How to Rescue a Matted Coat

What causes a matted coat?

Matting is something that primarily affects longer haired pooches with a specific kind of hair. Breeds such as Spaniels, Poodles and Bichon Frises are more commonly affected than other types. But a matted coat can happen to almost any dog in areas of high friction, such as where the harness or collar sits, armpits and legs.


Infrequently brushing and grooming the dog or leaving him muddy and wet after an outdoor trip can add to the build-up that eventually starts to clump up the hair.

Shedding is another contributing factor to matting. Not all dogs shed the same, but some have a fine, fluffy underlayer or a curly coat that is more prone to tangling whenever hair falls out – the shedding hair gets trapped in the coat and is retained by the other fur, forming a clump of hair and dead skin cells.

Why are they bad?

A matted coat doesn’t only leave dogs looking a little bedraggled, it can also be quite painful and unhealthy for the animal.

When humans get an uncomfortable tangle, we can sort out the problem with relative independence, but dogs don’t have opposable thumbs, so they rely on their owners for a solution. Sometimes, however, through a lack of understanding about what to look out for, dog owners can leave matted coats to compound for too long.

Dense tangles can cause pain and distress by cutting off circulation and ventilation to the skin. The clumps in the coat become enticing hosts for germs and organic matter to embed themselves in, this will eventually begin to irritate the skin and potentially result in sores which will start to emit an unpleasant odour.

When a dog gets to the groomer’s in such a condition, it can be a laborious and challenging job to salvage the coat; in some cases, the only salvation is to shave it all off. This may not be a great look for the canine customer and might be a considerably uncomfortable procedure to endure.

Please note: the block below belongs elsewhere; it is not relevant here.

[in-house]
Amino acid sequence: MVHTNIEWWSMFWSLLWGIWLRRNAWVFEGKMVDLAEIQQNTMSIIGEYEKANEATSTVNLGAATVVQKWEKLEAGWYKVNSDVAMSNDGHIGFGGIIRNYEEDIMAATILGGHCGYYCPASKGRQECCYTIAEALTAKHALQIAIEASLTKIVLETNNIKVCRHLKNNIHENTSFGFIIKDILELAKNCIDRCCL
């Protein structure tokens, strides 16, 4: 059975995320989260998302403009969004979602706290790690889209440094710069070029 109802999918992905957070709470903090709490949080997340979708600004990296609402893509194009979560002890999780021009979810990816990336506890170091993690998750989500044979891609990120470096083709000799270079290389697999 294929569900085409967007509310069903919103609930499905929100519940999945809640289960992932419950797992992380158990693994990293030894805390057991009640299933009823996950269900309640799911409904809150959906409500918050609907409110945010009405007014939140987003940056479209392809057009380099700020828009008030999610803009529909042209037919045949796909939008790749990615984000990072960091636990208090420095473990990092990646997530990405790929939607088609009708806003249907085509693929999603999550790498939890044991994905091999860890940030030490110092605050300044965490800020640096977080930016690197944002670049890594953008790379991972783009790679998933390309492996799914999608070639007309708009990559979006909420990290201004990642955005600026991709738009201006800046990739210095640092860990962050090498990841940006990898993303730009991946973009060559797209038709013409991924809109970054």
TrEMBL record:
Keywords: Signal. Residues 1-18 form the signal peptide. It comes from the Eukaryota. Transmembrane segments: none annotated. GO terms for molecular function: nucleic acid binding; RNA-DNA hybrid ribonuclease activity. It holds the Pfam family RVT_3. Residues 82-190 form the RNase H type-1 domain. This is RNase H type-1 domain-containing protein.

How to deal with matting

The essential key to a) improving the life of the dog, and b) making your job easier, is to educate the dog owner on how to maintain their trusty companion’s coat between visits to your salon.

Encourage them to use the right products and a suitable hairbrush to remove shedding fur and clean out any trapped debris. Suggest that the owner tries out supplements such as omega-3 or fish oil to help keep the coat shiny and soft.

If your client has arrived in a bit of a hairy state, however, you’ll need to find the best way of dealing with the matting.

Where to start

To save as much of the coat as possible, you’ll need the best possible products to moisturise and clean the fur intensively. You’ll require a high-quality conditioner and detangling spray to remove static and make the hair easier to part.

In some instances, however, you may not be able to go straight into a wash as the matting may be too severe. You will either have to clip, shave or shear the damaged fur off very carefully. Ensure that you have the necessary tools at the ready and that they are in perfect working condition to make the job is as easy, quick and pain-free as possible.

To find out what technique to use, first try to gently finger through the coat and see how dense the tangles really are.

Blow it out

Sometimes, a matted coat just needs to be loosened up. A high-velocity dryer can help to shake some of the debris out and untangle the hair.

Divide and conquer

Attempting to pull a brush or comb directly through a matted coat will be painful for the canine client and difficult for you, so use hair clips to divide the hair into sections and work your way through one part at a time. You want to carefully loosen up the hair by picking from the ends towards the skin. Eventually, you will be able to gently comb through and get the hair ready for shearing.

Prevention is better than cure

Depending on the severity of the mat, you will have to make the best decision for the client and discuss it with his or her owner. In situations where you can spot damaged skin or get an aggressive reaction from the dog when approaching a particular area, you may have to refer the customer to a veterinarian as the problem may be more complicated than anticipated.

Establishing a good rapport with the dog owner and ensuring that the pooch is a frequent visitor to your grooming salon, will help to keep the coat healthy and minimise any matting. Using the right tools and products will also go a long way to helping the dog feel comfortable and relaxed in your care.